- NHS patients who have been waiting the longest for treatment will be offered the chance to travel to a different hospital to be seen sooner.
- Around 400,000 patients will be contacted, as the Government delivers on one of its five priorities to cut wait times.
Greg Hands has welcomed the Government’s announcement that hundreds of thousands of patients will have more choice in their own care as those who have been waiting the longest for treatment will be offered the opportunity to travel to a different hospital, if it means they could be seen sooner.
As part of the ambitious NHS Elective Recovery Plan, patients who have waited more than 40 weeks and not had a date confirmed for their appointment will be asked whether they want to switch hospitals to be seen more quickly, if clinically appropriate. Eligible patients will be contacted by their hospital via letter, text, or email.
Offers will be sent to the 400,000 eligible patients who will then be able to submit their details, including how far they are willing to travel. NHS teams can then identify whether any alternative hospitals have capacity to see them sooner.
In some instances, the patient’s request will be uploaded to the NHS’ innovative hospital matching platform – the Digital Mutual Aid System - to see if NHS or independent sector providers elsewhere in the country can take on their care.
The progress is thanks to the hard work of NHS staff and thanks to innovations including surgical hubs, community diagnostic centres, and the use of robots and AI to speed up surgery and other treatments.
It is estimated that around 400,000 patients (5% of the overall waiting list) meet the criteria and will be contacted by their hospital, as the Government delivers on one of its top five priorities to cut waiting lists.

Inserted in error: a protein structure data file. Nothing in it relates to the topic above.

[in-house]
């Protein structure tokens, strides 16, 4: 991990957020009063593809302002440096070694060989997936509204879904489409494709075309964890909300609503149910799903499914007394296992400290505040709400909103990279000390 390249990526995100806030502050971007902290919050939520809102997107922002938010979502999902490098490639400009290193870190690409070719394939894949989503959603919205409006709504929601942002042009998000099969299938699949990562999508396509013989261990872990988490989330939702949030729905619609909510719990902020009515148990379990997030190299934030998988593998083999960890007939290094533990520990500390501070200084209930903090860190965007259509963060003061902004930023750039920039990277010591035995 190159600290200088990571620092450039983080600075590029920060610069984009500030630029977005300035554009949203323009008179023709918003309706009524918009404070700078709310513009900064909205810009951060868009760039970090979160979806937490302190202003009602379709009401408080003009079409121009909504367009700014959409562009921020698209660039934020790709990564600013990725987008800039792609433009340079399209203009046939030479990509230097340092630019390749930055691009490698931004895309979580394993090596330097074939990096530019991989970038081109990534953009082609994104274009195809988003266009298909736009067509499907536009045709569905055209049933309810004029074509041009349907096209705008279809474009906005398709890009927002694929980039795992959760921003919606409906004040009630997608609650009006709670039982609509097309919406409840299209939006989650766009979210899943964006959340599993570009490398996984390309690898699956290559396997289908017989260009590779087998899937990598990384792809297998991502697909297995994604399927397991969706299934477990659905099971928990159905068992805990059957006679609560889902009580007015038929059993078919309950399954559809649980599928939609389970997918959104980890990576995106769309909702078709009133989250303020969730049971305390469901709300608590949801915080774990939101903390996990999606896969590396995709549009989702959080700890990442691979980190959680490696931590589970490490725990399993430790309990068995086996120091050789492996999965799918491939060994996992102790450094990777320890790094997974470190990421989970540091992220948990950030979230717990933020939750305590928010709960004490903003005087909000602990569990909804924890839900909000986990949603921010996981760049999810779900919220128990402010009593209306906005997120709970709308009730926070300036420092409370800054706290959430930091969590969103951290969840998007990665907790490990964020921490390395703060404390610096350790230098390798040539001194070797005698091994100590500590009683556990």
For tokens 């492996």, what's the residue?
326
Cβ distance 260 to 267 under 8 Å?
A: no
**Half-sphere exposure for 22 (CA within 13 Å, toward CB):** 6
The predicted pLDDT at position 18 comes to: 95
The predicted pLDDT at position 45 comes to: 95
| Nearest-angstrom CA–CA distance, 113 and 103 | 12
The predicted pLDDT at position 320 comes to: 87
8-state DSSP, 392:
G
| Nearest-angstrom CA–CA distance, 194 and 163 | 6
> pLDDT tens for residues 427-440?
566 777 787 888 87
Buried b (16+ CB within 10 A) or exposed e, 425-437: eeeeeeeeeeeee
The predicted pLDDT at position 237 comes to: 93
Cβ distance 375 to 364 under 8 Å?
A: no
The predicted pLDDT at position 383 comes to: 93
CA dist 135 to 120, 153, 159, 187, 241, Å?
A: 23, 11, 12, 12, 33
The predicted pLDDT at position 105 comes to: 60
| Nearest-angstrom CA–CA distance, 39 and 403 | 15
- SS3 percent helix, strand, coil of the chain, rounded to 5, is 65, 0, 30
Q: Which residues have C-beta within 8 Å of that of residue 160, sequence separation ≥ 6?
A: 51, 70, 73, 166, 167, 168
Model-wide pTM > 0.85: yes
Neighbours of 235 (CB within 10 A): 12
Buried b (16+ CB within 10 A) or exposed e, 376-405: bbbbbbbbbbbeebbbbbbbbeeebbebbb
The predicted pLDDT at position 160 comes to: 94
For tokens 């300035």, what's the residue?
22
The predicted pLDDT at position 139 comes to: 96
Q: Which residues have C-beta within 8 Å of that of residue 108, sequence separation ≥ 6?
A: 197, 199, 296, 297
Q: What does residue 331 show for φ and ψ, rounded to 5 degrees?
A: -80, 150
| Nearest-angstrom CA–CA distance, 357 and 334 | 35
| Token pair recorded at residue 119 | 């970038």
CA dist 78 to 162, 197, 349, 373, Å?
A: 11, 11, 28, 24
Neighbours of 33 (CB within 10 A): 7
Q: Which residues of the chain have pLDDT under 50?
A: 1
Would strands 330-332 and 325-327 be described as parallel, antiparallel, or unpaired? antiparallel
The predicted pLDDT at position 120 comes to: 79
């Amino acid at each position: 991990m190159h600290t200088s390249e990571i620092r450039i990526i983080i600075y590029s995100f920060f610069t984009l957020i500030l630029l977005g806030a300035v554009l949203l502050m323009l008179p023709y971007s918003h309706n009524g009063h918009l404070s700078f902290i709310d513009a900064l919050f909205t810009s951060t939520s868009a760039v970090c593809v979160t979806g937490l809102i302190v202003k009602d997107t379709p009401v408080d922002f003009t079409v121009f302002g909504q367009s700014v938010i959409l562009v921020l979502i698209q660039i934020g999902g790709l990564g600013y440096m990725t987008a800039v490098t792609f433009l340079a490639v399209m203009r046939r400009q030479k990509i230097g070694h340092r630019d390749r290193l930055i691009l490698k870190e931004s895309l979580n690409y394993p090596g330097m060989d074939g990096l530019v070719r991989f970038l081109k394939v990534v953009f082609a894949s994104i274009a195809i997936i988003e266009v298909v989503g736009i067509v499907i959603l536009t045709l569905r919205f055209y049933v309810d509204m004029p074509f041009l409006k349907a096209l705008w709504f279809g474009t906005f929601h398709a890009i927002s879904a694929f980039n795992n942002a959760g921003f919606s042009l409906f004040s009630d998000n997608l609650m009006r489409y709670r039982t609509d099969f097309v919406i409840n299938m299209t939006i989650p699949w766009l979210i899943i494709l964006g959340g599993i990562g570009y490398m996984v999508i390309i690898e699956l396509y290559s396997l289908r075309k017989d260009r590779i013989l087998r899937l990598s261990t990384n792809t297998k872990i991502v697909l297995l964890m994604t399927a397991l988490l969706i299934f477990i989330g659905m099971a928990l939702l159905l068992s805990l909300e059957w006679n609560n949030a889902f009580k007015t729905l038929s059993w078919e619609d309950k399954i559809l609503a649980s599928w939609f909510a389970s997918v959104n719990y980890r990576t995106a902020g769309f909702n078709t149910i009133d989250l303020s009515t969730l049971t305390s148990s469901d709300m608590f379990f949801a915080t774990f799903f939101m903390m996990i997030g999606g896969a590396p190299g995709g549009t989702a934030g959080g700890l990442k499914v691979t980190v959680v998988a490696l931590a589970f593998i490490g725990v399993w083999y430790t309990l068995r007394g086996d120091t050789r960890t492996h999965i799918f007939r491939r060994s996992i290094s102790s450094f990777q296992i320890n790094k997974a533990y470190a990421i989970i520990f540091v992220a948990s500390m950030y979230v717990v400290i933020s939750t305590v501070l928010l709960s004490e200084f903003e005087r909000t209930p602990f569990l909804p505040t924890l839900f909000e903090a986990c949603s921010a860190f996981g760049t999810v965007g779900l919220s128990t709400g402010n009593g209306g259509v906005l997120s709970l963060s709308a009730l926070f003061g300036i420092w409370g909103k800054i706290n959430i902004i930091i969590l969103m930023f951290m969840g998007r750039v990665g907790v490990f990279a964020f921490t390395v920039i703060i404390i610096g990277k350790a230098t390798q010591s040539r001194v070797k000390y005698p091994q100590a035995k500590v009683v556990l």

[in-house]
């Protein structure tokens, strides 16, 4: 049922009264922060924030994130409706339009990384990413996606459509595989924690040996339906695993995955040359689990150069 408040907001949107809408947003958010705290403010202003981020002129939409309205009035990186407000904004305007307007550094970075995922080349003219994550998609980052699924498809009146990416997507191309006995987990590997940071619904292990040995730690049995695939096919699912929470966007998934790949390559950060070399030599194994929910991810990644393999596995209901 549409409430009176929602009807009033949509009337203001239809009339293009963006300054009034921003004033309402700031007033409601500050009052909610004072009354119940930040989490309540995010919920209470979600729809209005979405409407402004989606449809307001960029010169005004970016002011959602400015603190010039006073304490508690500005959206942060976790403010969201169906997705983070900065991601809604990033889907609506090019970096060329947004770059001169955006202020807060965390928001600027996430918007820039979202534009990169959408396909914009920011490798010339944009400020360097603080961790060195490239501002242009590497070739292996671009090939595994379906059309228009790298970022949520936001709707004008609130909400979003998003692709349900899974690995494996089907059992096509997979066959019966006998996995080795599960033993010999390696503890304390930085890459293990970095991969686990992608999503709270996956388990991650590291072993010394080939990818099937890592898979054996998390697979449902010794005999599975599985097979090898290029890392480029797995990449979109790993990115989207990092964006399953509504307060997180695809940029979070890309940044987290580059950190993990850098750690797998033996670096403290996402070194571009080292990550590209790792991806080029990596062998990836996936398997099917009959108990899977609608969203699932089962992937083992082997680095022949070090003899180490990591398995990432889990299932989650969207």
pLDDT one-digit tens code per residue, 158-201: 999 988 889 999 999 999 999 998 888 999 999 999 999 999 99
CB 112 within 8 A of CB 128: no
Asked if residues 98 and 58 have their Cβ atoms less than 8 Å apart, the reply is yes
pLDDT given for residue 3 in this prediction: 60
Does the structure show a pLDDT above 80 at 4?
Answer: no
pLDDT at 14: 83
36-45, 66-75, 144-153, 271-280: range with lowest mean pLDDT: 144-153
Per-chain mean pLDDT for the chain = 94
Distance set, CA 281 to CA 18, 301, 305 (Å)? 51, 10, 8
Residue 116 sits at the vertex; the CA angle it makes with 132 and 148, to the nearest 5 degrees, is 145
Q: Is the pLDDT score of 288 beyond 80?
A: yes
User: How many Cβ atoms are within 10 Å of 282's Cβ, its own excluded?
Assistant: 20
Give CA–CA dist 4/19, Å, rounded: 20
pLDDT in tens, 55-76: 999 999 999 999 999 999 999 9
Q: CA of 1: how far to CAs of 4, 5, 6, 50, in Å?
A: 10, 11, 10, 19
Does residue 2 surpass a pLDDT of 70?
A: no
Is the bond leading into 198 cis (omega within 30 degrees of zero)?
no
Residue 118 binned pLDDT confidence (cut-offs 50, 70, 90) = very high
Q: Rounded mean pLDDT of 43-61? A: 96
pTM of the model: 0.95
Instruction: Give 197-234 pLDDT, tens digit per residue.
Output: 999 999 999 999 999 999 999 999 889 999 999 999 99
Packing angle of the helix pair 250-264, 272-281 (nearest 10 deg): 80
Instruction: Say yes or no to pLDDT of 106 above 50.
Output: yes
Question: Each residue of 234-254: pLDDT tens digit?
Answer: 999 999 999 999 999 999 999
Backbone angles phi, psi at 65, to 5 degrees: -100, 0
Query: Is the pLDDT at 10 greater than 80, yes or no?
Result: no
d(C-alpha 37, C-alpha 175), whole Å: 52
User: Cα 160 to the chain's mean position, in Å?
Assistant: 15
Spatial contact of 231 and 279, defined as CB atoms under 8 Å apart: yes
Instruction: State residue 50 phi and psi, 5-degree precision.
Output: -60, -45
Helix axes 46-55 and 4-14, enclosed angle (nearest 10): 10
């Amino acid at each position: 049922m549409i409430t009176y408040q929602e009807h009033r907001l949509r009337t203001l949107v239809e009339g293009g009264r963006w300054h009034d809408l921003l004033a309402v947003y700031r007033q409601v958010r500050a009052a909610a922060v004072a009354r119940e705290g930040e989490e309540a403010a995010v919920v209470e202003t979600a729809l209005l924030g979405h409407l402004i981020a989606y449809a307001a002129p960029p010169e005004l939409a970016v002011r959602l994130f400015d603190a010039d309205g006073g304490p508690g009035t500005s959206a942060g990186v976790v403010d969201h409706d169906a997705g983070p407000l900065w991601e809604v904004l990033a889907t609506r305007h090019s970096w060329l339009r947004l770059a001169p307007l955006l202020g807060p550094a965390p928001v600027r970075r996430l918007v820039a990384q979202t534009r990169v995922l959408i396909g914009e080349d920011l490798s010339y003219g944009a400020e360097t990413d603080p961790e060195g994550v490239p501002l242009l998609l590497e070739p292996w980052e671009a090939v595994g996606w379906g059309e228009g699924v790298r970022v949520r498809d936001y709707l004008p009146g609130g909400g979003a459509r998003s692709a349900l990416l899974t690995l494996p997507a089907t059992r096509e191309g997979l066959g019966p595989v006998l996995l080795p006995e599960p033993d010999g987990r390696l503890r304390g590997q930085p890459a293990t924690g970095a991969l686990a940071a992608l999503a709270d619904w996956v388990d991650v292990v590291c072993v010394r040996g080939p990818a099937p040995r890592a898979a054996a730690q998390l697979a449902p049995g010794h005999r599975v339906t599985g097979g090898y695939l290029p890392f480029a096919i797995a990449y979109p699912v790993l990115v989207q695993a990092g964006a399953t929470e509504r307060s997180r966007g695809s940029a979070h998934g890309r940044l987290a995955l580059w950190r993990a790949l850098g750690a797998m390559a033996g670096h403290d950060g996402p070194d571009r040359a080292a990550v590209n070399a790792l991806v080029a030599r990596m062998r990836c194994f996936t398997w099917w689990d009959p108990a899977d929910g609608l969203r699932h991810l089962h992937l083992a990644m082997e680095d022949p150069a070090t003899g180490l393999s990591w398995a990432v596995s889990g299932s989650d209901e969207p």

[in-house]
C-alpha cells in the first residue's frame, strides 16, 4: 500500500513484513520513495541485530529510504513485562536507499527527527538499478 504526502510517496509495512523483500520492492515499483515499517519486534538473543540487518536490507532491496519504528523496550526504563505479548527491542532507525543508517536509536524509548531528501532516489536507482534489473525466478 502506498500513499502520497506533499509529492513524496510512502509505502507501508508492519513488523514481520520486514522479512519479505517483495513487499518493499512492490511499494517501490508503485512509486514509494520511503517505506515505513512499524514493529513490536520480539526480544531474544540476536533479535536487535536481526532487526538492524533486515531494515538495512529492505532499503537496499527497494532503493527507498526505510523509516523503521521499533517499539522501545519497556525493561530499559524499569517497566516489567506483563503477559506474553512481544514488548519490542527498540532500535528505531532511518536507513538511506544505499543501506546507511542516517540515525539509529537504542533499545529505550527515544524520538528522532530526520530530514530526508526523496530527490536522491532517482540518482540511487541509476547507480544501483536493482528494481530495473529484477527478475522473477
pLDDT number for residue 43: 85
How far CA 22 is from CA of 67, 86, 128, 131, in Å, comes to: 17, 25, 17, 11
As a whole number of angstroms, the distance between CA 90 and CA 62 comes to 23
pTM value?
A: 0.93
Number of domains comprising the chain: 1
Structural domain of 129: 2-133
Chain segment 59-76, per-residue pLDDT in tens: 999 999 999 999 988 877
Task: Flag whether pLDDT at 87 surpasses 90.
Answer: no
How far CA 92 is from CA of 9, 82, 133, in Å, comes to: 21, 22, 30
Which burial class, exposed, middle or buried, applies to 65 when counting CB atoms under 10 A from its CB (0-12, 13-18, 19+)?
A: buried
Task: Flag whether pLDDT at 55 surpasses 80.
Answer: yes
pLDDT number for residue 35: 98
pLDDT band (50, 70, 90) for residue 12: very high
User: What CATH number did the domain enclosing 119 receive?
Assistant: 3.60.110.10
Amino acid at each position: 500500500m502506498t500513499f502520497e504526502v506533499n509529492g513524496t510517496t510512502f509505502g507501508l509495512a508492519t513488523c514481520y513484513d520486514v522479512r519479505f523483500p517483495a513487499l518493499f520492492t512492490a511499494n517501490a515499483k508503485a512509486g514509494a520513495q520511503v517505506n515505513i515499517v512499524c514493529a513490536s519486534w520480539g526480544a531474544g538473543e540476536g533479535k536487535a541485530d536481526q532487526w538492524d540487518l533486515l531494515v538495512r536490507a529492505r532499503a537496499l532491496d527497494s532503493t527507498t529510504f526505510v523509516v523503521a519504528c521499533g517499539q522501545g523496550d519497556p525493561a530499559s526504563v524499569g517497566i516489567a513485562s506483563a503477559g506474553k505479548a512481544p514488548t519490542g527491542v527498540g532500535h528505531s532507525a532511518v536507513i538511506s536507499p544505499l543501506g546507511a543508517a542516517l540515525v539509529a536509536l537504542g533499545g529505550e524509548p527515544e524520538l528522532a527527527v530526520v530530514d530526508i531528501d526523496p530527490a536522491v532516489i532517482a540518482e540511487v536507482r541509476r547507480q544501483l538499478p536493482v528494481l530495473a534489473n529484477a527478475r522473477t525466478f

If no alternative is found within eight weeks of starting the process, the patient will remain with their current provider and keep their position on the waiting list. Some patients will not be eligible if their clinical condition is too complex, making it inappropriate to travel.
Eligible patients will be contacted directly by their NHS trust or independent sector provider where they are currently waiting to receive treatment and should not contact their GP practice or hospital.
Commenting, Greg Hands said:
“For those waiting the longest for treatment, this new step will give patients the opportunity to travel to a different hospital to be seen sooner and receive their treatment.
With an estimated 400,000 patients to be contacted by their hospital, this will deliver on one of this Government’s priorities to cut wait times.”
Commenting, Health and Social Care Secretary, Steve Barclay said:
“Empowering people to choose where and when they receive their treatment will help tackle waiting lists and improve access to NHS care.
From 31 October, those waiting 40 weeks or more will be given more options to speed up treatment, including at hospitals with shorter waiting times or using capacity within the independent sector.
This is the next step in our plan build a health service around patients and follows on from the roll out of Community Diagnostic Centres, surgical hubs and virtual wards to unlock capacity in the NHS."
Commenting, Chief Executive Officer of NHS England, Amanda Pritchard said:
“This new step to offer NHS patients who have been waiting the longest the opportunity to consider travelling for treatment is just another example of how we are introducing new approaches to reduce how long patients wait, while improving the choice and control they have over their own care.
Giving this extra option to these patients also demonstrates the clear benefits of a single national health service, with staff able to share capacity right across the country.
So, whether a patient’s care moves to the next town or somewhere further away, it is absolutely right that we make the most of available capacity across the country to continue to reduce the backlogs that have inevitably built up due to the pandemic and provide the best possible service for patients.”